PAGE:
Hospice volunteering is an intensely gratifying experience. Your time spent volunteering will directly impact the lives of many patients, family members and greatly support the hospice staff. Your service will vastly improve the quality of life for patients in the last stages of terminal illness. However, hospice volunteering is a huge responsibility. You are part of a team that relies on you to be a great communicator, knowledgeable about hospice and dedicated to the care of patients and families.
For most of your volunteer experience you will be alone with the patient in their own home. Many hospice patients are non-communicative and much of your time will be spent giving respite for the primary caregiver. Patience, empathy and integrity are all essential qualities of a hospice volunteer.
The care of our patients and families relies heavily on the flow of up to the minute information from all members of the hospice team. As a Mission Hospice volunteer, you are a vital member of the team, and as such you will be responsible for submitting timely reports for your visits.
We are bound by very strict guidelines and hold ourselves to a high standard of service. We offer a specialized group training program to prepare you for (almost) every eventuality in the home.
To qualify as a hospice volunteer:
– Must be over 18 years of age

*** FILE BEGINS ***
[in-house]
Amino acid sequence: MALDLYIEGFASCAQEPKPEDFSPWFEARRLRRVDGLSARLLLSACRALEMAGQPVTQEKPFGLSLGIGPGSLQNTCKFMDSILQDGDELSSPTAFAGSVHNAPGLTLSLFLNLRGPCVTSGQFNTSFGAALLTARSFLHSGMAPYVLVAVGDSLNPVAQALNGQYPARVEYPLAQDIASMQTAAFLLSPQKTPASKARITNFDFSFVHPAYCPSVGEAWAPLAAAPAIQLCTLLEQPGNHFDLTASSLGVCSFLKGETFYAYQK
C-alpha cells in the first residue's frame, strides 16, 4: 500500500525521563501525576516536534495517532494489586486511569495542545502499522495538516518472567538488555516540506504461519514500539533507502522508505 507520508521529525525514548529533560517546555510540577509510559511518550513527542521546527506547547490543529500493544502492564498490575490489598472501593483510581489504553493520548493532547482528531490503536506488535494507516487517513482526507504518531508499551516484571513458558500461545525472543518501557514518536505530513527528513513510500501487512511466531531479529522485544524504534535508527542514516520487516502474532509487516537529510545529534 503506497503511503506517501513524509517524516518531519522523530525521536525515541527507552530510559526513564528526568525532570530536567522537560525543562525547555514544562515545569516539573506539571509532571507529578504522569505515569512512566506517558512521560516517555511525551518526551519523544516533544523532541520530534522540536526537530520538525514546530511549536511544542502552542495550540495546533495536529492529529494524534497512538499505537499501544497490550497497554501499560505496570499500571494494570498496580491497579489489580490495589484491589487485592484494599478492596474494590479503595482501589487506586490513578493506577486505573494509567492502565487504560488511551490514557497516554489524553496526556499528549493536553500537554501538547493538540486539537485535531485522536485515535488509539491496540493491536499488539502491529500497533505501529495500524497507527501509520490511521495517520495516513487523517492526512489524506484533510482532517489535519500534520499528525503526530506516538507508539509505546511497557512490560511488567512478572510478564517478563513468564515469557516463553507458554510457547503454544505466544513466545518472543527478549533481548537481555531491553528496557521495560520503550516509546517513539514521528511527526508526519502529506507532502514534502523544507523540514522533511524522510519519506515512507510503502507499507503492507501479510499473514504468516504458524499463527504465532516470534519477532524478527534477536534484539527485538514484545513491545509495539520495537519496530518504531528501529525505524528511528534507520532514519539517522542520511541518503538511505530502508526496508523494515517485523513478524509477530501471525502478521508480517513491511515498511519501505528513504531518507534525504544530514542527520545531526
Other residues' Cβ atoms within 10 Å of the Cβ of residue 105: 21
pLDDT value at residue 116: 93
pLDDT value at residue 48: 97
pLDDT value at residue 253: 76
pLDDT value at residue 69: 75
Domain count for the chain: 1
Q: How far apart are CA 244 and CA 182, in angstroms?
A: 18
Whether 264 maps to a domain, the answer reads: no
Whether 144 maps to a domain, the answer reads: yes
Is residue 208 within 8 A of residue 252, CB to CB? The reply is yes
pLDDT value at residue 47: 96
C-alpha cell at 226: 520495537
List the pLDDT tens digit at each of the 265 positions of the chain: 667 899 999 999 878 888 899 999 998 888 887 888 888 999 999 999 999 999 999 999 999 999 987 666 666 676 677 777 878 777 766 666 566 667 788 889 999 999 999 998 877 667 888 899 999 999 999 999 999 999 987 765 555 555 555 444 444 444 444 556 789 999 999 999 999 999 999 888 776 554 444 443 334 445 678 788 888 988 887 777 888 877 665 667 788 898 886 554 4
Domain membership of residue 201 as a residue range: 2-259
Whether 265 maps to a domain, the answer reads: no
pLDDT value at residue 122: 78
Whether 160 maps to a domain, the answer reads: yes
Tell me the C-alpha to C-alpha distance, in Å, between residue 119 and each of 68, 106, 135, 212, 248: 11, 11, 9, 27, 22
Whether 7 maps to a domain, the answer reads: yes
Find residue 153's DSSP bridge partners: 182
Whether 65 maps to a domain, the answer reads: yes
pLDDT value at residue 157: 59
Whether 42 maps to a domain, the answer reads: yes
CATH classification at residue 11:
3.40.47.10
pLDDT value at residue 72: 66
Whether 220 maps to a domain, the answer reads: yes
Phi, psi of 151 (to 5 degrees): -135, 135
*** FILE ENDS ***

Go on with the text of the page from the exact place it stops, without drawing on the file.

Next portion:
– Give a one year commitment
– Volunteer at least 2 hours per week
– Maintain a current drivers license, insurance and reliable transportation
– Complete our specialized training course
– Submit to health screening and yearly TB test
– Maintain strict confidentiality
– Clean background check
– Complete timely documentation
Please contact the volunteer coordinator to apply.
Services you may provide as a Patient Visit Volunteer:
– Friendly visitor to patients and families
– Providing much needed social interaction
– Offering reassurance and comfort
– Hand holding
– Reading favorite books
– Writing letters
– Taking patients for walks or wheeling in wheel chair
– Sharing stories & photos
– Offering music, singing or calming meditations
– Active supportive listening
– Providing much needed caregiver relief and support
– Shopping for patient, caregiver
– Assisting with funerals and memorial services